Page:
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Creation and Administration

§ 6.01.03
Key point 6-01.03. A church is an unincorporated association if it is not a corporation in good standing under state law. This status can occur in a number of ways, including the following: (1) a church never was incorporated; (2) a church was incorporated, but the period of duration specified in its charter has expired; or (3) a church was incorporated, but its corporate status lapsed under state law because of its failure to submit annual reports to the office of the secretary of state.

In general, an unincorporated association is created by the voluntary association of two or more individuals under a common name for a particular purpose. The creation of an unincorporated association ordinarily does not require compliance with state laws, although several states have enacted laws allowing associations to organize in a more formal way. Such laws typically confer many of the rights and privileges enjoyed by corporations upon associations that choose to formally organize.

It is customary and desirable for the members of an unincorporated association to adopt rules for the internal management of the affairs of the association. Although these rules usually are called bylaws, they occasionally are called articles of association, constitution, or charter. Such terminology is not important.[19] Cunningham v. Independent Soap & Chemical Workers, 486 P.2d 1316 (Kan. 1971). In this chapter, the rules and regulations of an unincorporated association will be referred to as bylaws. The bylaws of an unincorporated association typically contain provisions dealing with meetings; election, qualification, and tenure of officers and trustees; qualification and acceptance of members; the acquisition and transfer of property; the status of property upon the dissolution of the association; and the rights and duties of members among themselves and with the association.

The bylaws of an unincorporated association constitute a contract between the association and its members, and that the rights and duties of members, as between themselves and in their relation to the association in all matters affecting its internal government and the management of its affairs, are measured by the terms of such bylaws.[20] Savoca Masonry Co., Inc. v. Homes & Son Construction Co., Inc., 542 P.2d 817, 820 (Ariz. 1975). By becoming a member an individual agrees to be bound by the association's bylaws, and to have his rights and duties determined by them.[21] Libby v. Perry, 311 A.2d 527 (Me. 1973).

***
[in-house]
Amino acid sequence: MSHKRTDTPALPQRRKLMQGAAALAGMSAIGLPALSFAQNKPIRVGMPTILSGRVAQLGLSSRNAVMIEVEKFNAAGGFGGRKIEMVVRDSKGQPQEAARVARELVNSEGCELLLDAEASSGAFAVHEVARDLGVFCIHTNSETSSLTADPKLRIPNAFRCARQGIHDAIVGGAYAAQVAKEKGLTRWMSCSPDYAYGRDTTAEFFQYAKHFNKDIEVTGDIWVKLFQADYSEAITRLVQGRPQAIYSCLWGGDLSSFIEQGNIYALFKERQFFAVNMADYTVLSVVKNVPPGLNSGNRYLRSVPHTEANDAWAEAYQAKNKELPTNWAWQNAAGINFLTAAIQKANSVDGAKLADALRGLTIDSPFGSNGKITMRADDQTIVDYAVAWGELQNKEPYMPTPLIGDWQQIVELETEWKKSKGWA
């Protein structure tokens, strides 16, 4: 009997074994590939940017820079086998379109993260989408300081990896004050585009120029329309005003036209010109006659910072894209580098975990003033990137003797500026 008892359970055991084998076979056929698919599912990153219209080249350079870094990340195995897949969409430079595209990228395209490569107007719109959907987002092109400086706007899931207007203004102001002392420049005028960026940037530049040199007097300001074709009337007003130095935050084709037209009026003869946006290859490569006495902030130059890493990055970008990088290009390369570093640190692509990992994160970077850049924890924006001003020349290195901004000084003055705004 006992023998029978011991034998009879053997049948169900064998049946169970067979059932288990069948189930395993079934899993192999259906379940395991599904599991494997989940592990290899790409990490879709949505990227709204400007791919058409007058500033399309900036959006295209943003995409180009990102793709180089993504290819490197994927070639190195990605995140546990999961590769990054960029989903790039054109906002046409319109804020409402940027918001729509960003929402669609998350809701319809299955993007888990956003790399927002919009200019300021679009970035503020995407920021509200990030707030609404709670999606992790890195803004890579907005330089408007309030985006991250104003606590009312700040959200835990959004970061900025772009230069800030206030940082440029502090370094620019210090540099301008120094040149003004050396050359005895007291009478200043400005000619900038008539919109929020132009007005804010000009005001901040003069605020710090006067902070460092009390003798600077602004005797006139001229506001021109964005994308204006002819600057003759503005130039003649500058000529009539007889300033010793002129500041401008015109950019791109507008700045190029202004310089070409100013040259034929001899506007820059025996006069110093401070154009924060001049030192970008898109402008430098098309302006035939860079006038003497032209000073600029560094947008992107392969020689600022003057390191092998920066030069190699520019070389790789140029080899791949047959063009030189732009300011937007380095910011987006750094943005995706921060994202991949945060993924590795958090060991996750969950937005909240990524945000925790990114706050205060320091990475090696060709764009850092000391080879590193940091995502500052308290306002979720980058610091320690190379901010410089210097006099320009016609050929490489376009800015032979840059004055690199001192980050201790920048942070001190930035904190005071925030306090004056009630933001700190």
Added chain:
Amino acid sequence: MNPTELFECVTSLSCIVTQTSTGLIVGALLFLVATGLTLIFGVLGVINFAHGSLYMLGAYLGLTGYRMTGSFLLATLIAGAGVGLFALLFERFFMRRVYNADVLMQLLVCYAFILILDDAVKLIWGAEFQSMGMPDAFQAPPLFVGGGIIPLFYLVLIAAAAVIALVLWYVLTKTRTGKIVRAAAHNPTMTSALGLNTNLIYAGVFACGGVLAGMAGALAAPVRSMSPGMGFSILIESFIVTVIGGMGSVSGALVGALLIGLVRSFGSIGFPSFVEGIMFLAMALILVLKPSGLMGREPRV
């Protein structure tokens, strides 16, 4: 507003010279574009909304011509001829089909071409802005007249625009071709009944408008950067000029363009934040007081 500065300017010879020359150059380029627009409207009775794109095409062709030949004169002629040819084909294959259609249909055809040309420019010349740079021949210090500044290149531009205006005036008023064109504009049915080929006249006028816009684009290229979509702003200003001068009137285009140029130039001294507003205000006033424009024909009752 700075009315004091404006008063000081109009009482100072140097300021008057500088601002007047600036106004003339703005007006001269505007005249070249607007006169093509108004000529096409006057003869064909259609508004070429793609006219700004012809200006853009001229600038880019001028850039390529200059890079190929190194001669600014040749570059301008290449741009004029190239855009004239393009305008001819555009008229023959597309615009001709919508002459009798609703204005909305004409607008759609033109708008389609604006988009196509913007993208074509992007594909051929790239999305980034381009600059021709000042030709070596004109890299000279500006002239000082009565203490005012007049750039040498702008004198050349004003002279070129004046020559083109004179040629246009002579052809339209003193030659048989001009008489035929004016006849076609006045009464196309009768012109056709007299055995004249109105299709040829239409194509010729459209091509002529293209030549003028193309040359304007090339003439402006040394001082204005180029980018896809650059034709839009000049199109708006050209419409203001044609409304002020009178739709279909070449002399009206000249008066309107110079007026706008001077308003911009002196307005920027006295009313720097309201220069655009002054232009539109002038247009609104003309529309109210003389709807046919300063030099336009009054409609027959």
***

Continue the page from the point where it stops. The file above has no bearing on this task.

The members of an unincorporated association may vote to incorporate their organization and transfer title to all properties to the new corporation. A minority of the unincorporated association's members are without authority to block such a transfer.[22] Jacobs v. St. Mark's Baptist Church, 415 So.2d 251 (La. App. 1982).

Although the Internal Revenue Code restricts tax-exempt status to corporations, community chests, funds, and foundations organized and operated exclusively for religious and other charitable purposes,[23] I.R.C. § 501(c)(3). the IRS construes the term corporations to include unincorporated associations.[24] Treas. Reg. § 1.501(c)(3)-1(b)(2); IRS Publication 557. The inclusion of unincorporated associations within the definition of the term corporations is a well-established principle of federal tax law. Section 7701(a)(3) of the Internal Revenue Code defines corporation to include associations, and the federal courts for many years have held that associations possessing at least three of the four principal corporate characteristics of centralized control, continuity, limited personal liability, and transferability of beneficial interests are to be treated as corporations.[25] See, e.g., Smith's Estate v. Commissioner, 313 F.2d 724 (8th Cir. 1963). The exemption available to religious and charitable corporations under the Internal Revenue Code accordingly should be available to most unincorporated associations that meet all of the other conditions for exempt status.

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